For business travel, the return to pre-pandemic normality has been moved back two years to 2026. Inflation, China’s economic problems and the effects on global supply chains were among the reasons listed by the Global Business Travel Association (GBTA) on Wednesday at ITB Berlin 2023. Basic parameters concerning business travel had also changed, said Suzanne Neufang, CEO of the GBTA.
Following the slump in 2020 the curve had peaked sharply around 2021/22, but had since dropped off again, due in part to China opening up quickly again and resurgent infections there. Currently the curve was pointing downwards – probably until 2026.
During the pandemic business travel decision-makers had learned that virtual meetings offered advantages in some respects, even if on the other hand there was fundamentally no substitute for meeting in person, Neufang said. Moreover, sustainability was increasingly becoming an issue, and fewer business trips meant a smaller carbon footprint. All the while, business trips had not gone entirely out of fashion for internal meetings.
Financial companies and insurances easily topped the list of those sectors taking business trips again at more or less pre-pandemic levels, Neufang said. At the other end of the scale were NGOs and foundations.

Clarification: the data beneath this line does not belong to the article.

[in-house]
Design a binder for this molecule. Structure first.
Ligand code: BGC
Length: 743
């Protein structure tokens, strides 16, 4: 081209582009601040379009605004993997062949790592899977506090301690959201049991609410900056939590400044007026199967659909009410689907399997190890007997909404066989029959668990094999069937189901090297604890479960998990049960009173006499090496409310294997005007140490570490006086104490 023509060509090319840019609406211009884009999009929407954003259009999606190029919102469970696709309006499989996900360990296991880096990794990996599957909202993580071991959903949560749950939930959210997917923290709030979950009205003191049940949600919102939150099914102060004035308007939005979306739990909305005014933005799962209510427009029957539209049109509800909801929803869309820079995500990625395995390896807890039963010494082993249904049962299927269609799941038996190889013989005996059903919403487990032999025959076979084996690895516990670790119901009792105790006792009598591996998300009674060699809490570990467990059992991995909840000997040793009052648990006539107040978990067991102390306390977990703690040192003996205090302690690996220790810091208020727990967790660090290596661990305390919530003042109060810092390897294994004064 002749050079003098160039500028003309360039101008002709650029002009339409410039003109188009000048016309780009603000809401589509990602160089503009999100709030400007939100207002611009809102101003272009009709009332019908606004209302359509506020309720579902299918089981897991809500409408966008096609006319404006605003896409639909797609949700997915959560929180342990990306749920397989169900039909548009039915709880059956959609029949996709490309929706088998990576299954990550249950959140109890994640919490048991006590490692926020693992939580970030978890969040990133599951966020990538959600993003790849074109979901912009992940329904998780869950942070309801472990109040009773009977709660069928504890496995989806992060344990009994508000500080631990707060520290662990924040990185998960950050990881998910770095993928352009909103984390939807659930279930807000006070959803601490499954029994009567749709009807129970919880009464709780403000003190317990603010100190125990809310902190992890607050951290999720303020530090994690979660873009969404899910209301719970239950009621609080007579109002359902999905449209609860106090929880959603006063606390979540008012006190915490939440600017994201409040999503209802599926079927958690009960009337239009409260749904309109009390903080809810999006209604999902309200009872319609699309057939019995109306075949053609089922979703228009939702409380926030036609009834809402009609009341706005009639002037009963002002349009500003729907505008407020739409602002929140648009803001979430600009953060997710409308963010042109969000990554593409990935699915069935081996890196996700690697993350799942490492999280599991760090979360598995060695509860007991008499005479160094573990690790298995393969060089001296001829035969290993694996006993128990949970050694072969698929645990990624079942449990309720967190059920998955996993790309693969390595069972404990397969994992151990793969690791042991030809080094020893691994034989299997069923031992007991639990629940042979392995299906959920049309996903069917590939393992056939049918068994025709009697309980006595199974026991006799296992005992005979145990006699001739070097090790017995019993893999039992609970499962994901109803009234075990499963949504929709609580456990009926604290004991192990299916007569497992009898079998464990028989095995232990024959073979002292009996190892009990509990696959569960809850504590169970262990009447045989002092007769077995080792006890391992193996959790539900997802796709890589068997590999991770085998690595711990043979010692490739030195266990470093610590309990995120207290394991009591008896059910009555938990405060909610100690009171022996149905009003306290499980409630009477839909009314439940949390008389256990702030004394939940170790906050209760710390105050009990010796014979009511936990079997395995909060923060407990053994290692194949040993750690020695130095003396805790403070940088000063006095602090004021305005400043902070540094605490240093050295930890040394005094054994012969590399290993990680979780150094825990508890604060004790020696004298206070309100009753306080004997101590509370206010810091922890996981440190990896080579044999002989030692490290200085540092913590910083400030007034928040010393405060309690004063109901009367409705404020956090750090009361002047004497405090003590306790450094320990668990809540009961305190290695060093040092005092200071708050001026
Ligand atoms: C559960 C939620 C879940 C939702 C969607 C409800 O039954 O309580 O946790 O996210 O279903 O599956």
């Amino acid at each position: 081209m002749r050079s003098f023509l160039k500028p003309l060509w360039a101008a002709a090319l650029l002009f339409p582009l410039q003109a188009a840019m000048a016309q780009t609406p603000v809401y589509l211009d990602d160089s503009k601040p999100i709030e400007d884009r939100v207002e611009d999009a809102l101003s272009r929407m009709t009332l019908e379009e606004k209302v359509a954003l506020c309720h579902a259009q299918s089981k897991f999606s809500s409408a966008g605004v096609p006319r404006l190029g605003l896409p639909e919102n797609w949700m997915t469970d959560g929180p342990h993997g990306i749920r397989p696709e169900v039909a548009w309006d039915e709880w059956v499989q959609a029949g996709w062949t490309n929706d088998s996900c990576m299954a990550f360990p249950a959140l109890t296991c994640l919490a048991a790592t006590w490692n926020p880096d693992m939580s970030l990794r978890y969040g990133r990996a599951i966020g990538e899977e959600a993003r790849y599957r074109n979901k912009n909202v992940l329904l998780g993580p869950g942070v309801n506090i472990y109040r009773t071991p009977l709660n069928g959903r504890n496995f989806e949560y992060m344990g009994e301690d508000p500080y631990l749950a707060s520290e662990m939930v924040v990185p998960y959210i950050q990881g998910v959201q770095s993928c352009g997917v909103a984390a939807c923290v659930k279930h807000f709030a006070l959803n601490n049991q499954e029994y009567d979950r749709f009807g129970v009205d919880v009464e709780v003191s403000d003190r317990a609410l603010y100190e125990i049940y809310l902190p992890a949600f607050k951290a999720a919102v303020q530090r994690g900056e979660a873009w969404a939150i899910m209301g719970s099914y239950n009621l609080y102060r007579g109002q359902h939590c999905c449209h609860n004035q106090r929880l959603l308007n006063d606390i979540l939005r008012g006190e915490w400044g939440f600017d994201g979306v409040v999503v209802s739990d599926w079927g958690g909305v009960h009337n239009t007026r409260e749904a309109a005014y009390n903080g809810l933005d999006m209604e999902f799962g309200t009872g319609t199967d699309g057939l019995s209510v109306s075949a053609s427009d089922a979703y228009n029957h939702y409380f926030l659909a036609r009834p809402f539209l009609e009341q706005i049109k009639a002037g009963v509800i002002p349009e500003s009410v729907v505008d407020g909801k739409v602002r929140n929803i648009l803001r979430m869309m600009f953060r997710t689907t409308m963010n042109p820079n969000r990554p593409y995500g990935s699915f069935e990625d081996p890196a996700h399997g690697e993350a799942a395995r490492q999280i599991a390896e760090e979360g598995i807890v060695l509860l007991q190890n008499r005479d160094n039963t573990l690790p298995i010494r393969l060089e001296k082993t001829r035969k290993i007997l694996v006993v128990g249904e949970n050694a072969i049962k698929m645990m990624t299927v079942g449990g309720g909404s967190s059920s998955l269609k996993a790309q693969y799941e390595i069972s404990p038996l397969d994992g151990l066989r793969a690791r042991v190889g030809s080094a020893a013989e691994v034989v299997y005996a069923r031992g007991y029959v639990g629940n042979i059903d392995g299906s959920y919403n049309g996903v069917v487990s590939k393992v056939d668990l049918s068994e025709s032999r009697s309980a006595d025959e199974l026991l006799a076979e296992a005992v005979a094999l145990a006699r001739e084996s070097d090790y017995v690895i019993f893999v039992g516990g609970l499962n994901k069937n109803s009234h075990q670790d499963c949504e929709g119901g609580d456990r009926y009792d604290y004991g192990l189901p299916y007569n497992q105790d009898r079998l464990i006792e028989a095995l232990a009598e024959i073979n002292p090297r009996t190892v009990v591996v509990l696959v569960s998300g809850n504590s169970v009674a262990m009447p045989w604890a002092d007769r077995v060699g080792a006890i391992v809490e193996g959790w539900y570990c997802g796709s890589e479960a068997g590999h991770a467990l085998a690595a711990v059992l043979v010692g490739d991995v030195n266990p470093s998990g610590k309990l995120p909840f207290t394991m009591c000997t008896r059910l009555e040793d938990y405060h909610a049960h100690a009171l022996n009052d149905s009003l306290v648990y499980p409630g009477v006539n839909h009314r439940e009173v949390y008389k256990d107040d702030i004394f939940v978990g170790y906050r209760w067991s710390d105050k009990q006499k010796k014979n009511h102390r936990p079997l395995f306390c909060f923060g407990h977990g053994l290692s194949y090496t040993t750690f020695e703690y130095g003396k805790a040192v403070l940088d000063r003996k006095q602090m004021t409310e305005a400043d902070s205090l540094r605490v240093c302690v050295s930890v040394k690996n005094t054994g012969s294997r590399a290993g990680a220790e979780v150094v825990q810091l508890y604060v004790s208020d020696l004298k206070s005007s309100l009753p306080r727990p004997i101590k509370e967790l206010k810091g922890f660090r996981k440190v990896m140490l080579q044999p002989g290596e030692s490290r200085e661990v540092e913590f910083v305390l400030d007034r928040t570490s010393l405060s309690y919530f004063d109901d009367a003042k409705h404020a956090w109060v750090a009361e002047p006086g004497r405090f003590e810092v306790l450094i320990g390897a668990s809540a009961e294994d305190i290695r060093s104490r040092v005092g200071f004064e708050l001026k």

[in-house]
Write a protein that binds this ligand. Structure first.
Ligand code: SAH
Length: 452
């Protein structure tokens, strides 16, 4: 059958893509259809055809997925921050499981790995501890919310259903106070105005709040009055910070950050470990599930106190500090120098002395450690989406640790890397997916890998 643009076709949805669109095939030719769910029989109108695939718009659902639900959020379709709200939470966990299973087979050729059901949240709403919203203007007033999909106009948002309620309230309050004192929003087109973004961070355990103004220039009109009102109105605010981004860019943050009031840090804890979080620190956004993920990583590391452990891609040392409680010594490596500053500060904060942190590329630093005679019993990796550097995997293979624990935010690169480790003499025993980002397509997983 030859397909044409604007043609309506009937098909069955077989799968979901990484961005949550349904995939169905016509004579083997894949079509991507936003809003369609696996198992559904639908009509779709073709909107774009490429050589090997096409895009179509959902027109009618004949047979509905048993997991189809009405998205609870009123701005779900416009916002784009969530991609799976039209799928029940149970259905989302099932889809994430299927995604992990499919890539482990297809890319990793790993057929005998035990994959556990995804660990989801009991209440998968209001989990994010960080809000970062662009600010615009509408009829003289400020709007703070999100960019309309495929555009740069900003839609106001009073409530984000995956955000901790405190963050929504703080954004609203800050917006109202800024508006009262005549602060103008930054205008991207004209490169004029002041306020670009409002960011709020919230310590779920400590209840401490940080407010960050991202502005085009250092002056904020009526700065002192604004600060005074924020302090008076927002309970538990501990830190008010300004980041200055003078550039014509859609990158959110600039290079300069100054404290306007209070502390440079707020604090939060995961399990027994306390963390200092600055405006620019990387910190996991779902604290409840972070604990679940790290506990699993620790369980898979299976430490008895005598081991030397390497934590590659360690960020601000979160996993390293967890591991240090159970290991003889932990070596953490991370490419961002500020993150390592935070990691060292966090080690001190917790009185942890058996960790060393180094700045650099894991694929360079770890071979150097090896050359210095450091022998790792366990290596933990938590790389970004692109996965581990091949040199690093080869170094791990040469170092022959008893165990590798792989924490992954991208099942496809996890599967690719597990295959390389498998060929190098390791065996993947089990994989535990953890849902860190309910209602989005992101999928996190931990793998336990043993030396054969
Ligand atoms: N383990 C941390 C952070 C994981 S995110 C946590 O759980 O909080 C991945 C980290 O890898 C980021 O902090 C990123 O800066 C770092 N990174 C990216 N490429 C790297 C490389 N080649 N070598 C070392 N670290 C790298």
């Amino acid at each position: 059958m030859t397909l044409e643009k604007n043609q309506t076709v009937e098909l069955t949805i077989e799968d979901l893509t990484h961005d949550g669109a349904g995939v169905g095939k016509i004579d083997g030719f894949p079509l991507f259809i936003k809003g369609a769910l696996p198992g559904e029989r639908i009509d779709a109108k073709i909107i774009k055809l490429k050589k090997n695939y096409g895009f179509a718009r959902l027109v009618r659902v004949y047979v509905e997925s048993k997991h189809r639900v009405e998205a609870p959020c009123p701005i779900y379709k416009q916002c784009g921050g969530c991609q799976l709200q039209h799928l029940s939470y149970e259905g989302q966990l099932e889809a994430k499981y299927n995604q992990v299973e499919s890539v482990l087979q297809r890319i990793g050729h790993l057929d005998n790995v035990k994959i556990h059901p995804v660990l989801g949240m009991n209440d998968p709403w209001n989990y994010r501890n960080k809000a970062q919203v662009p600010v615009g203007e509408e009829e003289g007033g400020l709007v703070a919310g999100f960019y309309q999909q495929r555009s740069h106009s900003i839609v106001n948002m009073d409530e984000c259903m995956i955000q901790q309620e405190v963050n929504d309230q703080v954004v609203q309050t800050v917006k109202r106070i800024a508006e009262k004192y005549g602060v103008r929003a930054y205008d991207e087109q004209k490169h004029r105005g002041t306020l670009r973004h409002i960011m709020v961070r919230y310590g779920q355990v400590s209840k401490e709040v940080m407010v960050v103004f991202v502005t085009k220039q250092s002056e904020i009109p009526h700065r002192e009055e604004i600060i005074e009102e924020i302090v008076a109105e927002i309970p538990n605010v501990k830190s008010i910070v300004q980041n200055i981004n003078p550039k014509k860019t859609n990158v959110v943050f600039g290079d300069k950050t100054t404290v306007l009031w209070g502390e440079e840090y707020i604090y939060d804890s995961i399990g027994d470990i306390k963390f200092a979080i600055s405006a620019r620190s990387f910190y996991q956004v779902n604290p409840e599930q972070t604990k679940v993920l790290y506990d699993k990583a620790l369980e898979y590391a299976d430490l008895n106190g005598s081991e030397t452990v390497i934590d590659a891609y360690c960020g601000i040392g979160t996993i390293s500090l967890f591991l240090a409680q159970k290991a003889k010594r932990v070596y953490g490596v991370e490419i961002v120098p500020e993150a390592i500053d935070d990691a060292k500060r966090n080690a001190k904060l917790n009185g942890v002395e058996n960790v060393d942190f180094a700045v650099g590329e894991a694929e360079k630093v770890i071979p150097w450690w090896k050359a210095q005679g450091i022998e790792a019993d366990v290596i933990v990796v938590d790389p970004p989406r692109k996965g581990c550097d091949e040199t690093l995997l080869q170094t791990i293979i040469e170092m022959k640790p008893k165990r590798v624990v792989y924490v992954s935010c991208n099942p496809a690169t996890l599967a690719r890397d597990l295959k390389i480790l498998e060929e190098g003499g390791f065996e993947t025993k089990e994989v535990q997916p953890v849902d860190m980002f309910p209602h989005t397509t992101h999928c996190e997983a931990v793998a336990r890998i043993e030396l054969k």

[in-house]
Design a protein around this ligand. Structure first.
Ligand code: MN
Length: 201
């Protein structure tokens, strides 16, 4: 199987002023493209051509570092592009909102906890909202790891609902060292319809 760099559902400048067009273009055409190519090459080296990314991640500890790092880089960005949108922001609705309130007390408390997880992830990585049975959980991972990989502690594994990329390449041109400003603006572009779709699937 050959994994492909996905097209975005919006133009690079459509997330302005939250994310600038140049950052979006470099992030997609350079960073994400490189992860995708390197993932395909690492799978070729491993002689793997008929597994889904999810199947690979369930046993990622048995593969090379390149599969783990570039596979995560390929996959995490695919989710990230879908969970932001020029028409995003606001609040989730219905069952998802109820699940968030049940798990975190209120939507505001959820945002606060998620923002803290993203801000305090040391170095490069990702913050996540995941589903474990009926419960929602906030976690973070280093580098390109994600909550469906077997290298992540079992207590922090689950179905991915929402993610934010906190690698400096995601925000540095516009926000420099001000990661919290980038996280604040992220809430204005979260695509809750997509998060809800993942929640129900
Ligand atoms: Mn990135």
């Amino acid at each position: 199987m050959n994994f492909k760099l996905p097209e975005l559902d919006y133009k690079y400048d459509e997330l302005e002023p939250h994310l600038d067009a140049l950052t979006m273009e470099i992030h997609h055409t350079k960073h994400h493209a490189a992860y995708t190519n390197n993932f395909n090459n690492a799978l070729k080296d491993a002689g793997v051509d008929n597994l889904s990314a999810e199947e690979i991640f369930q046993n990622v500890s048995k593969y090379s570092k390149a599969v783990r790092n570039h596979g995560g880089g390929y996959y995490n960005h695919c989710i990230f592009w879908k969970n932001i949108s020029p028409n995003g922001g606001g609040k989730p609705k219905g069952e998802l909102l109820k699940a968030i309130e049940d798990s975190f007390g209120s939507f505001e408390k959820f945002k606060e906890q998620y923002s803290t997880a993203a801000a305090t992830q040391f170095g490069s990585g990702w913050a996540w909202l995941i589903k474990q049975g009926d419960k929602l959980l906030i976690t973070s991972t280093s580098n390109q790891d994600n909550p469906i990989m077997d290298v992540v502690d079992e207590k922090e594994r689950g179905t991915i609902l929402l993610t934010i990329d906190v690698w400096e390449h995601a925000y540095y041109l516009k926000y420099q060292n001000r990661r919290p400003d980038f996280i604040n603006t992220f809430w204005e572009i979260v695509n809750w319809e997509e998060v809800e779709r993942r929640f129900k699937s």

45 per cent of travel managers had increased their budgets, that much could be said. Faced with the general skills shortage travellers’ expectations had grown. Many of them expected to undertake blended travel, for example in order to extend a business trip by a few days off at their destination. A survey among travel managers found that employers were divided here: 41 per cent were in favour, trending upwards, while 42 per cent were against.
Summarising, she listed five business travel trends: China remained difficult to forecast, business travellers as such had higher expectations, demand for eco-friendly travel was on the rise, technological change slowed things down, and personal trips would play a big role again.